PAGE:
Players and managers
Ildefons Lima is the only Andorran player to have scored more than three career goals for the team; he has nine goals. Lima is also the second-most caped player with 91 appearances. Óscar Sonejee's 99 appearances are the most for the Andorra national team. Koldo has the second-most with 78 caps between 1998 and 2009.
Manuel Miluir was the first coach of the team and managed their first three matches of European Championship qualifying. He departed in 1999 to make way for David Rodrigo, whose first competitive match was a 2–0 European Championship qualifying defeat at home to Iceland on 27 March of that year. Rodrigo had been in charge of the team until February 2010, when it was announced that Koldo took over this role.
- Isidre Codina (1996)
- Manuel Miluir (1997–1999)
- David Rodrigo (1999–2009)
- Koldo Álvarez de Eulate (2010–)
Most capped players
Results and fixtures
World Cup record
|FIFA World Cup record||Qualification record|
|1930 to 1998||Did not enter||-||-||-||-||-||-||-||-||-||-||-||-||-|
|2002||Did not qualify||-||-||-||-||-||-||-||10||0||0||10||5||36|
|2006||Did not qualify||-||-||-||-||-||-||-||12||1||2||9||4||34|
|2010||Did not qualify||-||-||-||-||-||-||-||10||0||0||10||3||39|
|2014||Did not qualify||-||-||-||-||-||-||-||10||0||0||10||0||30|
|2018||To be determined||-||-||-||-||-||-||-||-||-||-||-||-||-|
|2022||To be determined||-||-||-||-||-||-||-||-||-||-||-||-||-|
European Championship record
|European Championship record||Qualification record|
|1960 to 1996||Did not enter||-||-||-||-||-||-||-||-||-||-||-||-||-|
|2000||Did not qualify||-||-||-||-||-||-||-||10||0||0||10||3||28|
|2004||Did not qualify||-||-||-||-||-||-||-||8||0||0||8||1||18|
|2008||Did not qualify||-||-||-||-||-||-||-||12||0||0||12||2||42|
|2012||Did not qualify||-||-||-||-||-||-||-||10||0||0||10||1||25|
|2016||Did not qualify||-||-||-||-||-||-||-||-||-||-||-||-||-|
Andorra manager Koldo Álvarez named a 20-man squad for the UEFA Euro 2016 qualifying matches against Israel on September 3 and Bosnia and Herzegovina on 6 September, 2015.
Caps and goals correct as of 6 September 2015, after the match against Bosnia and Herzegovina.
The following players have been called up to the Andorra squad in the last 12 months.
2018 FIFA World Cup qualification
|1||Portugal||0||0||0||0||0||0||0||0||Qualification to 2018 FIFA World Cup|
|2||Switzerland||0||0||0||0||0||0||0||0||Possible Second round[a]|
Rules for classification: Qualification tiebreakers
- The eight best runners-up across all groups will advance to the Second round (play-offs). The ninth-ranked runners-up will be eliminated.
UEFA Euro 2016 qualifying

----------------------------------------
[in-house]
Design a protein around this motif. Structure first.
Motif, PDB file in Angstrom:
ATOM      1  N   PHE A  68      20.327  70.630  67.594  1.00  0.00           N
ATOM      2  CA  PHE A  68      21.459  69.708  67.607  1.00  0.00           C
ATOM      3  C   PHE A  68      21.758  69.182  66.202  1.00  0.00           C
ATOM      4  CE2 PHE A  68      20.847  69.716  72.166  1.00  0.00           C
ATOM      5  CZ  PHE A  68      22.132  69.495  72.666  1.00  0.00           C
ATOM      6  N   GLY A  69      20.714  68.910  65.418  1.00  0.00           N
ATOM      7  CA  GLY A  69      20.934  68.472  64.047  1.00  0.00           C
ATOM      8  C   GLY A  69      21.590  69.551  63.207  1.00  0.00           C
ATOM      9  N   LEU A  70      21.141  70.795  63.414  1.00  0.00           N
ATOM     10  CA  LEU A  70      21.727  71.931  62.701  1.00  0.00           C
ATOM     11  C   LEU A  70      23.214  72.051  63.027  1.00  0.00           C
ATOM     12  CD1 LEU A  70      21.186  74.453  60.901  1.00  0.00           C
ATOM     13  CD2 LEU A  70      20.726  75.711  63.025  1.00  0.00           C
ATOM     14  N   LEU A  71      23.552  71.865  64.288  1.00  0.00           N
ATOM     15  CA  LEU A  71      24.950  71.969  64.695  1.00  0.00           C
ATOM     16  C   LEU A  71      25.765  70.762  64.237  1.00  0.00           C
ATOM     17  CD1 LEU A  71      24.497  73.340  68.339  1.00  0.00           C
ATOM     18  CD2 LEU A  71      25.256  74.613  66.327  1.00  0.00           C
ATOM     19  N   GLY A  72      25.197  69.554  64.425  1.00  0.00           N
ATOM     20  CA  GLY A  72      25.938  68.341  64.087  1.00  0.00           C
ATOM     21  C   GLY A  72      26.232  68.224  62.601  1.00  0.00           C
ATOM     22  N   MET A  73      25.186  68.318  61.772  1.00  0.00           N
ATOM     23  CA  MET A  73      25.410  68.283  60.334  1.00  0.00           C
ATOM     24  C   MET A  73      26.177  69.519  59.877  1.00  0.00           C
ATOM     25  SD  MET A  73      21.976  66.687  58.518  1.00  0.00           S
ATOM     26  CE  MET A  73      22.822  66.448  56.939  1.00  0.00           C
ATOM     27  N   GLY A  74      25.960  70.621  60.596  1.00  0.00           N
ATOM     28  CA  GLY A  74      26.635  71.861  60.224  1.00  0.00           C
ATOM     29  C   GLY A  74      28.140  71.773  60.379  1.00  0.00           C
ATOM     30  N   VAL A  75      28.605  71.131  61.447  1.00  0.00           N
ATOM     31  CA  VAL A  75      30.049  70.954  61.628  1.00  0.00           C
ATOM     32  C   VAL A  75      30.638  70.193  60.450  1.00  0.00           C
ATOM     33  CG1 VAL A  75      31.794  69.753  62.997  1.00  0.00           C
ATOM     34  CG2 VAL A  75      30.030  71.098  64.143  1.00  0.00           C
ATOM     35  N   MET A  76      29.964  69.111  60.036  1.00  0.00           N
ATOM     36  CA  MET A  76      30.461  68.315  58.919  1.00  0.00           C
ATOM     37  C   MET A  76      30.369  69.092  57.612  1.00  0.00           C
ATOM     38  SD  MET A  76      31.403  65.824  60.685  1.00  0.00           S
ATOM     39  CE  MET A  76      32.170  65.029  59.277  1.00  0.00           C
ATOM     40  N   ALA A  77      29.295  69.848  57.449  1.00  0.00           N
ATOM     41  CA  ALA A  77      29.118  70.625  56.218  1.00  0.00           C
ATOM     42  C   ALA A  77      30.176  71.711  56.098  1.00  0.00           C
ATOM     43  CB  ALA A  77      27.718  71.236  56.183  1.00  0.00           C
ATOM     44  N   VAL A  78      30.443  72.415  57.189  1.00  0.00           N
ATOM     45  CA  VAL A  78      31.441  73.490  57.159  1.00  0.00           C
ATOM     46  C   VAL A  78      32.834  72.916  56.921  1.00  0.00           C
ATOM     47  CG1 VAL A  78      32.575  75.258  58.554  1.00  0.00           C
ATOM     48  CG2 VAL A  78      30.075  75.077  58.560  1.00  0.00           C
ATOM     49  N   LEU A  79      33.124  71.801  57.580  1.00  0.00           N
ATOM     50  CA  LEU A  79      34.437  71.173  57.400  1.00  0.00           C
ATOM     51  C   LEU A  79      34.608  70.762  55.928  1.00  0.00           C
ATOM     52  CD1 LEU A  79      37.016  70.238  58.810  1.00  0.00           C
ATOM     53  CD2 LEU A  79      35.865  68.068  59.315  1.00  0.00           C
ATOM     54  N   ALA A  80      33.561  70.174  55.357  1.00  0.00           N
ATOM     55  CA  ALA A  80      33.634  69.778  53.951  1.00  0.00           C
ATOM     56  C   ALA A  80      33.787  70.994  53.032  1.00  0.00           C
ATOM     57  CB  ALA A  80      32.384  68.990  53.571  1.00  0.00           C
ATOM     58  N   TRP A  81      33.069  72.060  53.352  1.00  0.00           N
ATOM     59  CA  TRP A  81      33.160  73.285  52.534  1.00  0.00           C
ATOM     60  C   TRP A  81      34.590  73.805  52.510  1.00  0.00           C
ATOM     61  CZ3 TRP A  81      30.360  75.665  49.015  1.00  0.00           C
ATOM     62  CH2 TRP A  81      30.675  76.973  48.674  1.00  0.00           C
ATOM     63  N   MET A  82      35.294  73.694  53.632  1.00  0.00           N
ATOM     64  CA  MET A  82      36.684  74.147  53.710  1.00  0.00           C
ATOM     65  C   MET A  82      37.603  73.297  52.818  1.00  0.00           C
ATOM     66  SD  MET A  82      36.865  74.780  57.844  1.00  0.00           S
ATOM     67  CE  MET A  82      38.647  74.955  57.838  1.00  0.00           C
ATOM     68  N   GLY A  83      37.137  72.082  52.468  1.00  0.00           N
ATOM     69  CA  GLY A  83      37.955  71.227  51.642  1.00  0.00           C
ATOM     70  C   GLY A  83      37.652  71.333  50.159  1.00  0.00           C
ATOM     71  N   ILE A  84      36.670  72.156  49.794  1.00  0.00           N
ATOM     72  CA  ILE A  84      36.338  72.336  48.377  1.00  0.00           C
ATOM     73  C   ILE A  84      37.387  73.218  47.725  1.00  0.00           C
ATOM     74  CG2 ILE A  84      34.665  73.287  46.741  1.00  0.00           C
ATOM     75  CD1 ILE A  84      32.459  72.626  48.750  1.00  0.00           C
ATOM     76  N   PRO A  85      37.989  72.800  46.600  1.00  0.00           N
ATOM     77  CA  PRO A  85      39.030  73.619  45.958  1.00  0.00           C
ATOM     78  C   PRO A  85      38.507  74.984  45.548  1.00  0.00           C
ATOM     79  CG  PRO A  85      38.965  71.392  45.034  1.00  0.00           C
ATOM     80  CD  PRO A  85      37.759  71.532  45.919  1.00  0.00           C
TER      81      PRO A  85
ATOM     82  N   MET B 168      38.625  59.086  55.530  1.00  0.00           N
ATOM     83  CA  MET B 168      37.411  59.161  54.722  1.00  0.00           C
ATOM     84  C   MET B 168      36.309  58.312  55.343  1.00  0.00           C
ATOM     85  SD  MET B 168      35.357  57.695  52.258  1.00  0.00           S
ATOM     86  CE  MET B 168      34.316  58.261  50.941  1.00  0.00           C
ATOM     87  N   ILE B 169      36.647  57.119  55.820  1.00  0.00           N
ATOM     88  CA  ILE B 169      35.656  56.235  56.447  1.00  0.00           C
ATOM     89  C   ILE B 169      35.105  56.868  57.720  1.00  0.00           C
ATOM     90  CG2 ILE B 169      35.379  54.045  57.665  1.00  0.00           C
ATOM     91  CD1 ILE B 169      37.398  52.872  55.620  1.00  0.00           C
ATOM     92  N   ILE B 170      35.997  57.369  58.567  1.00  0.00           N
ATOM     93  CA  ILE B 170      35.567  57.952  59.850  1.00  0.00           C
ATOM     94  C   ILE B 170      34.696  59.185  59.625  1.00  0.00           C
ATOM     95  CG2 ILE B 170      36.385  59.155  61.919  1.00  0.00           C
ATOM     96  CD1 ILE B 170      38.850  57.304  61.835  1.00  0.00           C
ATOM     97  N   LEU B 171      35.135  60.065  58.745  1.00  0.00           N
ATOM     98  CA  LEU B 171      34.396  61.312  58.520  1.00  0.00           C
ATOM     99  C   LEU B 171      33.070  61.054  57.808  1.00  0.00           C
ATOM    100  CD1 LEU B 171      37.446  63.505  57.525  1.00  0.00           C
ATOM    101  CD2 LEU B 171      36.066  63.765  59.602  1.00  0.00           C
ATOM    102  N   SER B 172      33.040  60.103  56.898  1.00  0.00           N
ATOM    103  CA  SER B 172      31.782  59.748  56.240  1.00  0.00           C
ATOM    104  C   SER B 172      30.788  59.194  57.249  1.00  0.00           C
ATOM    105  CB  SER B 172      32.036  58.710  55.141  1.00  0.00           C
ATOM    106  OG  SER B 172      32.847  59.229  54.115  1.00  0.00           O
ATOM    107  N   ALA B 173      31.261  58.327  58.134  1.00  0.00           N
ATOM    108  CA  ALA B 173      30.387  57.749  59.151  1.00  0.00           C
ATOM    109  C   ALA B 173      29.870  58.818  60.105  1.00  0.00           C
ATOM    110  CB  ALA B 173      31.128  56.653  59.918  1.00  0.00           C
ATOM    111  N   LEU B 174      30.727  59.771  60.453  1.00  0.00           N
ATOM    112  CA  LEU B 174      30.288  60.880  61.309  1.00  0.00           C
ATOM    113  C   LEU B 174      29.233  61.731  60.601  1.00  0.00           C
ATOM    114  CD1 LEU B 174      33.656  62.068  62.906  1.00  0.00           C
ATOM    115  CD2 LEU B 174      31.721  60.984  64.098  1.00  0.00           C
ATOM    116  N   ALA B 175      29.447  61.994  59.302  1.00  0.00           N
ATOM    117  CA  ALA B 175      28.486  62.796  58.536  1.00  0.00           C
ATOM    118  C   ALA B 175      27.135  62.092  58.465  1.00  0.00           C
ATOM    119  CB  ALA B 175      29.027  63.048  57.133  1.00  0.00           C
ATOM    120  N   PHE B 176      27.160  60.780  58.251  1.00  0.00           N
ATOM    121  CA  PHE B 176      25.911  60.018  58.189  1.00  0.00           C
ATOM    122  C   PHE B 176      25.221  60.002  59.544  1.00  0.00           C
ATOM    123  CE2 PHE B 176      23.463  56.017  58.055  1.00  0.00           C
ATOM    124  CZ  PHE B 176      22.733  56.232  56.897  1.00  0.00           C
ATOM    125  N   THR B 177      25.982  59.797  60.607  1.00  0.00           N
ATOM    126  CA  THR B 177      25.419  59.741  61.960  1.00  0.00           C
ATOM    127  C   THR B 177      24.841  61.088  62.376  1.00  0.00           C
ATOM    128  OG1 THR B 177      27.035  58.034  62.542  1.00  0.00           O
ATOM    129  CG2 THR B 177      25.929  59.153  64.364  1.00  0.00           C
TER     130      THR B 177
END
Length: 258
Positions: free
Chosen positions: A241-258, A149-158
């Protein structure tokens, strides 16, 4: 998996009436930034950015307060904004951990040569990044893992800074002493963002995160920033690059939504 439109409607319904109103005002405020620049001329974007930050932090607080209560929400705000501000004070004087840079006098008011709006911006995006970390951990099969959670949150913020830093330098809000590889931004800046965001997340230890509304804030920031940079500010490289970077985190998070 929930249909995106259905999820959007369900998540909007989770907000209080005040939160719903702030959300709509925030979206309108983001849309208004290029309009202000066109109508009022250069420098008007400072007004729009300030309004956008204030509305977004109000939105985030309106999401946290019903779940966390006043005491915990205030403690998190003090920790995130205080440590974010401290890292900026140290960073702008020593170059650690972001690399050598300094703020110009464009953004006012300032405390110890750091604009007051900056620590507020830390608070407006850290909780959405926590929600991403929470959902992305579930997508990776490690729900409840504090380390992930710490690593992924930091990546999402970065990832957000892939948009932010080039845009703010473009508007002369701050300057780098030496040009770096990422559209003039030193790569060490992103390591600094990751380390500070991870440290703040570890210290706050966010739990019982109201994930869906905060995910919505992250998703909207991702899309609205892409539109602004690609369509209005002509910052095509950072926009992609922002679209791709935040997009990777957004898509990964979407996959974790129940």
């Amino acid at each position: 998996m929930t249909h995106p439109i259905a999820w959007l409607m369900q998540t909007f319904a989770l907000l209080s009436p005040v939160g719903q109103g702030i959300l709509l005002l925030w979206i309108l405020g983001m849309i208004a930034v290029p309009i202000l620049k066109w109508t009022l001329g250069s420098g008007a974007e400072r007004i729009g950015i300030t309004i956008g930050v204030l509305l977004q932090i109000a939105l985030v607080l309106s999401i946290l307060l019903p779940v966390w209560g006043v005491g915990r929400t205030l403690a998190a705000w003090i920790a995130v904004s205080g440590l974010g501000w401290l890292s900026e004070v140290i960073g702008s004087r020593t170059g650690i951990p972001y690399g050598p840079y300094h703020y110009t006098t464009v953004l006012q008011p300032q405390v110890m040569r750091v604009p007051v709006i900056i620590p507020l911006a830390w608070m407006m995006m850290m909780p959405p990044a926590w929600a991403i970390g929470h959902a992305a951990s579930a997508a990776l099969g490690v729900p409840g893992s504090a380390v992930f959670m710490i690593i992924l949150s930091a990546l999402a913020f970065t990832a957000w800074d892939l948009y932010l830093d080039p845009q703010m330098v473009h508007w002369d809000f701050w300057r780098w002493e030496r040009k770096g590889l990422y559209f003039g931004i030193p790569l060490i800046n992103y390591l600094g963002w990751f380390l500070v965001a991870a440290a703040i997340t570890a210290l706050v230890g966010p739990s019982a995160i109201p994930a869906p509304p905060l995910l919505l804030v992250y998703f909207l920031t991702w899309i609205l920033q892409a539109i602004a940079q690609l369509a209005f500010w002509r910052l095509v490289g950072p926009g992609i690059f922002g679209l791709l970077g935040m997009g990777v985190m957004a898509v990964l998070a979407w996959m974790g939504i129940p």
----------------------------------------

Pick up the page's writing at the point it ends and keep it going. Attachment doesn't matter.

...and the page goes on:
|1||Wales (X)||8||5||3||0||9||2||+7||18||Advance to final tournament||—||1–0||0–0||0–0||2–1||13 Oct|
|2||Belgium (X)||8||5||2||1||17||3||+14||17||0–0||—||13 Oct||3–1||5–0||6–0|
|3||Israel||8||4||1||3||14||9||+5||13||Final tournament or play-offs||0–3||0–1||—||3–0||10 Oct||4–0|
|4||Bosnia and Herzegovina (Y)||8||3||2||3||12||10||+2||11||10 Oct||1–1||3–1||—||1–2||3–0|
|5||Cyprus (Y)||8||3||0||5||12||13||−1||9||0–1||0–1||1–2||13 Oct||—||5–0|
|6||Andorra (E)||8||0||0||8||3||30||−27||0||1–2||10 Oct||1–4||0–3||1–3||—|
Rules for classification: Qualification tiebreakers
(E) Eliminated; (X) Assured of at least third place (and play-offs), but may still qualify directly as one of the top two teams or as the best third-placed team; (Y) Cannot qualify directly as one of the top two teams, but may still qualify as third-placed team.
|1||ECQ||5 September 1998||Armenia||Jesús Lucendo (pen)||1–3|
|2||ECQ||31 March 1999||Russia||Emiliano González||1–6|
|3||ECQ||8 September 1999||Russia||Justo Ruiz||1–2|
|4||WCQ||2 September 2000||Cyprus||Emiliano González||2–3[c]|
|6||WCQ||7 October 2000||Estonia||Justo Ruiz||1–2|
|7||WCQ||25 April 2001||Republic of Ireland||Ildefons Lima||1–3|
|8||WCQ||1 September 2001||Portugal||Roberto Jonas||1–7|
|9||ECQ||16 October 2002||Bulgaria||Antoni Lima||1–2|
|10||WCQ||8 September 2004||Romania||Marc Pujol||1–5|
|11||WCQ||13 October 2004||Macedonia||Marc Bernaus||1–0[d]|
|12||WCQ||26 March 2005||Armenia||Fernando Silva||1–2|
|13||WCQ||4 June 2005||Czech Republic||Gabriel Riera||1–8|
|14||ECQ||6 September 2006||Israel||Juli Fernández||1–4|
|15||ECQ||22 August 2007||Estonia||Fernando Silva||1–2|
|16||WCQ||10 September 2008||Belarus||Marc Pujol (pen)||1–3|
|17||WCQ||6 June 2009||Belarus||Ildefons Lima (pen)||1–5|
|18||WCQ||9 September 2009||Kazakhstan||Óscar Sonejee||1–3|
|19||ECQ||7 September 2010||Republic of Ireland||Cristian Martínez||1–3|
|20||ECQ||9 September 2014||Wales||Ildefons Lima (pen)||1–2|
|21||ECQ||13 October 2014||Israel||Ildefons Lima (pen)||1–4|
|22||ECQ||12 June 2015||Cyprus||Dossa Júnior (o.g.)||1–3|
a ECQ = UEFA European Football Championship qualification match, WCQ = FIFA World Cup qualification match
b The Andorra score is always listed first.
c The Andorra-Cyprus match in 2000 is the only game Andorra has scored two goals in any competitive match.
d The Andorra-Macedonia match in 2004 is the only competitive match Andorra has won.
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- "Andorra – List of International Matches 1996–2002". RSSSF. Archived from the original on 29 June 2011. Retrieved 2011-07-21.
- "European Championship 2000". RSSSF. Retrieved 2011-07-21.
- "World Cup 2002 qualifications". RSSSF. Retrieved 2010-07-21.
- "European Championship 2004". RSSSF. Archived from the original on 25 June 2010. Retrieved 2010-07-21.
- "Soccer: Andorra scores its first World Cup victory". The New York Times. 14 October 2004. Retrieved 1 October 2011.
- "Macedonia's coach offers resignation". Associated Press (Sports Illustrated). 14 October 2004. Retrieved 1 October 2011.
- "World Cup 2006 qualifications". RSSSF. Retrieved 2010-07-21.
- "European Championship 2008". RSSSF. Retrieved 2010-07-21.
- "General info – Andorra". UEFA. Retrieved 2011-07-20.
- "World Cup 2010 qualifications". RSSSF. Retrieved 2010-07-21.
- "Euro 2012 qualifying tables". BBC. Retrieved 2011-07-21.
- "Estadi Comunal d Aixovall". Football-Lineups.com. Retrieved 2011-07-21.
- "European Championship 2008 detailed information". RSSSF. Retrieved 2010-07-21.
- "World Cup 2010 qualifications detailed information". RSSSF. Retrieved 2010-07-21.
- James Appell (8 September 2010). "It´s raining… apples?". The Football Ramble. Retrieved 21 July 2011.
- "FIFA Rankings – Andorra". FIFA. Retrieved 2011-07-20.
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- "Álvarez assumes Andorra mantle". UEFA.com. 2010-02-02. Retrieved 2011-10-04.
- "The UEFA Jubilee 52 Golden Players". rsssf. 2006-12-21. Retrieved 2011-10-04.
- Andorra's weapons of Mac's destruction Daily Mail, 28 March 2007. accessed 22 April 2007.
- Official website
- RSSSF archive of international results 1996–2002 (list of results)
- RSSSF archive of most capped players, highest goalscorers and coaches
- ITV Football-Statistics/Andorra
- National Football Teams